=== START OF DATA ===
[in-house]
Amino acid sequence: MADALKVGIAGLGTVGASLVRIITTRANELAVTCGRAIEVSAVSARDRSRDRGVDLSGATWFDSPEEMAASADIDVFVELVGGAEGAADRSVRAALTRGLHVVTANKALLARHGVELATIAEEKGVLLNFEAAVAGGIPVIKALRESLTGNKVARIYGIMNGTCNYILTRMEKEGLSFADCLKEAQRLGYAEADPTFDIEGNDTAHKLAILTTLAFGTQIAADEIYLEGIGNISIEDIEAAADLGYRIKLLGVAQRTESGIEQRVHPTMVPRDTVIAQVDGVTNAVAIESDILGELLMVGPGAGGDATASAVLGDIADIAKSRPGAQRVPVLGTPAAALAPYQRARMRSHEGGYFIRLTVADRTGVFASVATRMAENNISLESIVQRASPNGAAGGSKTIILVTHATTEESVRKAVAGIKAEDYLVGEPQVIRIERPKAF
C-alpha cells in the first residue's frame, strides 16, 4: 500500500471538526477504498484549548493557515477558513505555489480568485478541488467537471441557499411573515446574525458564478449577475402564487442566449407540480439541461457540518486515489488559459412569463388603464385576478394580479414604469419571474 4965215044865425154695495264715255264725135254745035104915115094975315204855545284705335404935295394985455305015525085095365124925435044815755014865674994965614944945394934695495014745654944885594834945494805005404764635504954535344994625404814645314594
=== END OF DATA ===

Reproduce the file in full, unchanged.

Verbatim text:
[in-house]
Amino acid sequence: MADALKVGIAGLGTVGASLVRIITTRANELAVTCGRAIEVSAVSARDRSRDRGVDLSGATWFDSPEEMAASADIDVFVELVGGAEGAADRSVRAALTRGLHVVTANKALLARHGVELATIAEEKGVLLNFEAAVAGGIPVIKALRESLTGNKVARIYGIMNGTCNYILTRMEKEGLSFADCLKEAQRLGYAEADPTFDIEGNDTAHKLAILTTLAFGTQIAADEIYLEGIGNISIEDIEAAADLGYRIKLLGVAQRTESGIEQRVHPTMVPRDTVIAQVDGVTNAVAIESDILGELLMVGPGAGGDATASAVLGDIADIAKSRPGAQRVPVLGTPAAALAPYQRARMRSHEGGYFIRLTVADRTGVFASVATRMAENNISLESIVQRASPNGAAGGSKTIILVTHATTEESVRKAVAGIKAEDYLVGEPQVIRIERPKAF
C-alpha cells in the first residue's frame, strides 16, 4: 500500500471538526477504498484549548493557515477558513505555489480568485478541488467537471441557499411573515446574525458564478449577475402564487442566449407540480439541461457540518486515489488559459412569463388603464385576478394580479414604469419571474 4965215044865425154695495264715255264725135254745035104915115094975315204855545284705335404935295394985455305015525085095365124925435044815755014865674994965614944945394934695495014745654944885594834945494805005404764635504954535344994625404814645314594